Blue Eagle Offense Clicked On All Cylinders
Magnolia High School has had many good offensive teams over the 100 plus years of football. But, what with the years gone by and the differences in way football is being played now versus the early 1900s, the Blue Eagle 2010 offense ranks at the top.
Offensive Coordinator Dave “Doc” Chapman lost to graduation last year the Blue Eagles’ two top career all-time runningbacks in Dillon Jackson and Stingray Bates. He also lost the entire line, except for tackle Matthew Riggs. However, Chapman has the all-time career leader Justin “Tank” Fox at quarterback.
“Coach Moke Riggs is one of the best line coaches I have ever seen and Coach Mike Findling helps out tremendously,” said Chapman.
“We script out our plays that we want to run on Friday and go over and over it through the week and that helps out on the execution.”
Fox has re-written the Magnolia quarterback record book. He is first in career-high attempts, 772; completions, 404; most yardage, 6,542; and touchdown passes, 68.
Not only did he throw the ball extremely well, he also had 259 yards rushing, 21 TDs, 10 field goals, and split the uprights on 148 extra points. His total points scored in his four-year career is 322.
One might have thought that if Magnolia was going to win some games, they were going to have to throw the ball. But, never fear, Chapman has an abundance of backs that can run the ball. First is Jayson Keller, who was the team’s second back behind brother Traeh. After Traeh got sick and injured midway through the season, enter Jayson. Not only did he rush for 1,276 yards during the season, he scored 18 TDs on the ground and added one more through the air.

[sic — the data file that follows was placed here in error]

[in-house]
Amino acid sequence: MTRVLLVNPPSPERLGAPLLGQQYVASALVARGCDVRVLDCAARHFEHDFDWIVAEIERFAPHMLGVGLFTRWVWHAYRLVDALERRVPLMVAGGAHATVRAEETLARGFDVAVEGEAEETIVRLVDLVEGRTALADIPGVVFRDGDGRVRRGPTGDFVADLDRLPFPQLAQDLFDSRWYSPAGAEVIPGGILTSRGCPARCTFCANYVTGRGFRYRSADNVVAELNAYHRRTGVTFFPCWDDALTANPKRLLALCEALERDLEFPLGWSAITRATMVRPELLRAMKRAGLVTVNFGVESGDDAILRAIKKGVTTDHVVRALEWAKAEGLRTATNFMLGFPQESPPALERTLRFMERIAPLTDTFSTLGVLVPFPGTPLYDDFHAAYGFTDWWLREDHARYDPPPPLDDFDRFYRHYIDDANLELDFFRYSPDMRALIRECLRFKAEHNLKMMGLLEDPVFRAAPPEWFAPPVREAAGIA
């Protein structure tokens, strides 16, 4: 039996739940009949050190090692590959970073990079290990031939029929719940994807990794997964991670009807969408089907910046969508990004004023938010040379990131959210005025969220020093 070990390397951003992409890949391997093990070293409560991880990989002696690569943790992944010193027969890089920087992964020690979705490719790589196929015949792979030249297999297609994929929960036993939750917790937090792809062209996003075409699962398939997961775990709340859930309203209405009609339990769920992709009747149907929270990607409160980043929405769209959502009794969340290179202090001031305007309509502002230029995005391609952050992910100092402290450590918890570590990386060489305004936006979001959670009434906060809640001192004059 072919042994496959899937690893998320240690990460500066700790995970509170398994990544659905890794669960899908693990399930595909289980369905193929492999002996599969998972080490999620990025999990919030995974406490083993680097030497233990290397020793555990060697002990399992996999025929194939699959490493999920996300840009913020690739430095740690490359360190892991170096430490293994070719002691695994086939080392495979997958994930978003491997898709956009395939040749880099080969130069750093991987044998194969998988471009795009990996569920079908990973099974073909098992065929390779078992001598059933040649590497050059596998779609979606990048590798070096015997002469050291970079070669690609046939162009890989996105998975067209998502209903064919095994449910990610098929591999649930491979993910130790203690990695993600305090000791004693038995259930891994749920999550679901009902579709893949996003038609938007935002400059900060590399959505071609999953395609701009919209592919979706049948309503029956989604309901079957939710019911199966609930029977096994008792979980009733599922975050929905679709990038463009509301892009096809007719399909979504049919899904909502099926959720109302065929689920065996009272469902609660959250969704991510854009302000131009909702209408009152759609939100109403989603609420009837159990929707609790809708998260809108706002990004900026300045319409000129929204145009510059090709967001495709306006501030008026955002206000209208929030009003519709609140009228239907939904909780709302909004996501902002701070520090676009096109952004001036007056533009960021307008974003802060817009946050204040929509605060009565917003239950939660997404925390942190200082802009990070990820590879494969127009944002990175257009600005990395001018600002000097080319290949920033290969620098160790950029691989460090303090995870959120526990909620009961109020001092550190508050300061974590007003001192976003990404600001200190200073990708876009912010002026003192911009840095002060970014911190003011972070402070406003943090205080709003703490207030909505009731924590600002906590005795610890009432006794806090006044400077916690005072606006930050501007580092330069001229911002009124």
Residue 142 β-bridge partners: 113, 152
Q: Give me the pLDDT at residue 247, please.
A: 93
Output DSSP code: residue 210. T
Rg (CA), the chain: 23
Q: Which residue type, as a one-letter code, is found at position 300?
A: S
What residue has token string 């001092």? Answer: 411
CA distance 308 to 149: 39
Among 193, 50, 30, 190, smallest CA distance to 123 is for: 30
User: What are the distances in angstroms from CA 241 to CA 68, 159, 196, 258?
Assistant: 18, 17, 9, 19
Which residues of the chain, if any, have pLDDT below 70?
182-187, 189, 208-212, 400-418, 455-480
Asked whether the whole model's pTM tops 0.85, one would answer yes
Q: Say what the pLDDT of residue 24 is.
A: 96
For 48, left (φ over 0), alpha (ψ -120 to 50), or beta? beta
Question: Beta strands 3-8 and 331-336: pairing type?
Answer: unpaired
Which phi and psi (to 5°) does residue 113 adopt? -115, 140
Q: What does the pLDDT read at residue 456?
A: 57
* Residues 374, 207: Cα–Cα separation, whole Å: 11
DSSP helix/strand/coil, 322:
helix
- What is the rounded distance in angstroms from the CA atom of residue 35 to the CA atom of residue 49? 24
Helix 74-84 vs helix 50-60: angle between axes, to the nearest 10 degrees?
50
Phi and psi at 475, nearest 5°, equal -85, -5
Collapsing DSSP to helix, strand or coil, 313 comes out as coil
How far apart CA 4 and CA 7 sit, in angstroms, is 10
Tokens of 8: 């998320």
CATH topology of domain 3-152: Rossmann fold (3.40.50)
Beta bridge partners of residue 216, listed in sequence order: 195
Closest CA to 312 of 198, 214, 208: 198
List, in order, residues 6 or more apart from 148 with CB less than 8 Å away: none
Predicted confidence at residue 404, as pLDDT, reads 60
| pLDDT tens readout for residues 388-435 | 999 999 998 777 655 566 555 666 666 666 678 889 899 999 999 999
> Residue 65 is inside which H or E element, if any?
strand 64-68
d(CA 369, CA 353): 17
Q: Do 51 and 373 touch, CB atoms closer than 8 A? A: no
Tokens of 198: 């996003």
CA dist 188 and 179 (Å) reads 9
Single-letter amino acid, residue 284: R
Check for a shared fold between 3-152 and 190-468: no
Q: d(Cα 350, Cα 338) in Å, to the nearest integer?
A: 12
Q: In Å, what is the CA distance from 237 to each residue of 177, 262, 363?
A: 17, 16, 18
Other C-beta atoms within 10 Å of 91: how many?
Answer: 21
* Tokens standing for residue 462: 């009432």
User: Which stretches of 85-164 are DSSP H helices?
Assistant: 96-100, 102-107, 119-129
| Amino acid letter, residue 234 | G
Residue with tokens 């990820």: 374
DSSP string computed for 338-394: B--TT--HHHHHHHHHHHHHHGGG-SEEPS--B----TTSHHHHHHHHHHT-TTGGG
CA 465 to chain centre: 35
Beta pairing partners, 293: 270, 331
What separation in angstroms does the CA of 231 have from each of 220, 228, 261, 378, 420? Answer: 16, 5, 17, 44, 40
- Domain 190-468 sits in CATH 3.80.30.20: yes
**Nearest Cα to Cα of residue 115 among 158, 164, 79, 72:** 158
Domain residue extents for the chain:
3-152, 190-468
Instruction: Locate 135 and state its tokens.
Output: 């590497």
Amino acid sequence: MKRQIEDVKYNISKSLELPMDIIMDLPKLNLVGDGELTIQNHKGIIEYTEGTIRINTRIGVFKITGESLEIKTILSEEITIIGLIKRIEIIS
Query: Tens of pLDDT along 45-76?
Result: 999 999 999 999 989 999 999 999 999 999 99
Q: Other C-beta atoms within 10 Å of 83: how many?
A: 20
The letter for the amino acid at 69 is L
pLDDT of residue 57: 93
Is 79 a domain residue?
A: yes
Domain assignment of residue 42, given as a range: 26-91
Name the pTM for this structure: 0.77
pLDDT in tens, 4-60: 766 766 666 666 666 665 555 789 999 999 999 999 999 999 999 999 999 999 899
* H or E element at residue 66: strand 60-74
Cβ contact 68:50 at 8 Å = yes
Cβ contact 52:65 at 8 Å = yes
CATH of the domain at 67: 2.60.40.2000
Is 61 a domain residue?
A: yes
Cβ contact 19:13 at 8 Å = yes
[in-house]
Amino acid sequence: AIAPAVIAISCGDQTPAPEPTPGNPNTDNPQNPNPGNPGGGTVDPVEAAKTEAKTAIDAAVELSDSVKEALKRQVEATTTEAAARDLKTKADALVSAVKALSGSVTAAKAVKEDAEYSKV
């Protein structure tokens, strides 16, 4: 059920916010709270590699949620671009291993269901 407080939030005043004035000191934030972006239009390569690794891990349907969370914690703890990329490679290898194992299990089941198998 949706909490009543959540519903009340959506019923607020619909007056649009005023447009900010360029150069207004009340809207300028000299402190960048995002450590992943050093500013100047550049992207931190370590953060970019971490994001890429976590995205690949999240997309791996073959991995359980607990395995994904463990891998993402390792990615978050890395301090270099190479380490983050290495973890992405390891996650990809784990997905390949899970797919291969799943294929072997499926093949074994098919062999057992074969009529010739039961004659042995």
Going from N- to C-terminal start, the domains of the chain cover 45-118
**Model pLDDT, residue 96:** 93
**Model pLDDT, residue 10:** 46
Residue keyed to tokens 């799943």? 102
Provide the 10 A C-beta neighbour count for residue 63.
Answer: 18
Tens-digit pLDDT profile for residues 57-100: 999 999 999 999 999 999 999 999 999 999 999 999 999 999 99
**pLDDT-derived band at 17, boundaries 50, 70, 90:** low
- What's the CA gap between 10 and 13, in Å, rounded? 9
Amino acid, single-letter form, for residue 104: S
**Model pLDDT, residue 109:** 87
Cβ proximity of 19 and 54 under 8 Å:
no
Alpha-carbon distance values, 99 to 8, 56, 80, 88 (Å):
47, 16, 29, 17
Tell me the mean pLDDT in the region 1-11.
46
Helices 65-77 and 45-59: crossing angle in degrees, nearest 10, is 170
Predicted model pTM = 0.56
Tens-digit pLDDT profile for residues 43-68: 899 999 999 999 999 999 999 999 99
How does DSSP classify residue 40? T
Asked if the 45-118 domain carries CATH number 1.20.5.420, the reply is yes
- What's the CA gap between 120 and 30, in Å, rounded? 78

Also there is Kage Rhode, Timmy Shreve, and Tanner Fluharty.
Stephen Rogalski has been on the receiving end on 17 of Fox’s 29 TD passes this season for 1,162 yards. Brendan Kacor, who has blossomed into a fine receiver, has caught 17 passes for 431 yards and five touchdowns, while Cameron Benson, from the tight end position, caught 337 yards and three TDs. Kyle Elliott, Jayson and Traeh Keller caught the rest of the passes for 500 yards total and have made the offense click.
Helping was that many opponent teams focused on passing, leaving the ground game open for some big plays. Not only did the newly-formed front line of Matthew Riggs, Dillon Simmons, Sam Shepherd, Seth Findling, and Bentley Knight protect Fox, they opened some holes for Jayson Keller to reach over 1,200 yards in his first season as the main runningback.
But, he isn’t alone. Brother Traeh was the go-to guy before his injury and is healthy once more. They have Kage Rhode, a freshman, who is second in yardage with 405 and four touchdowns. Also on the line are Ryan Ritchea and Caleb Seckman, who come in on certain formations, as well as tight-end Mark Winters, when the Eagles go to double tight-ends
When you talk offense, you must consider the extra-point conversion. Fox has hit 67-76 with Kyle Elliott holding this season. Fox is 148-167 in his career. Magnolia has scored 552 points, while giving up only 69 points prior to the state title game. The 1992 team had a 13-1 record, losing only to East Bank in the worst weather conditions humanly possible without a postponement. The Eagles lost the contest, 14-16, but that team scored a school-high 497 points.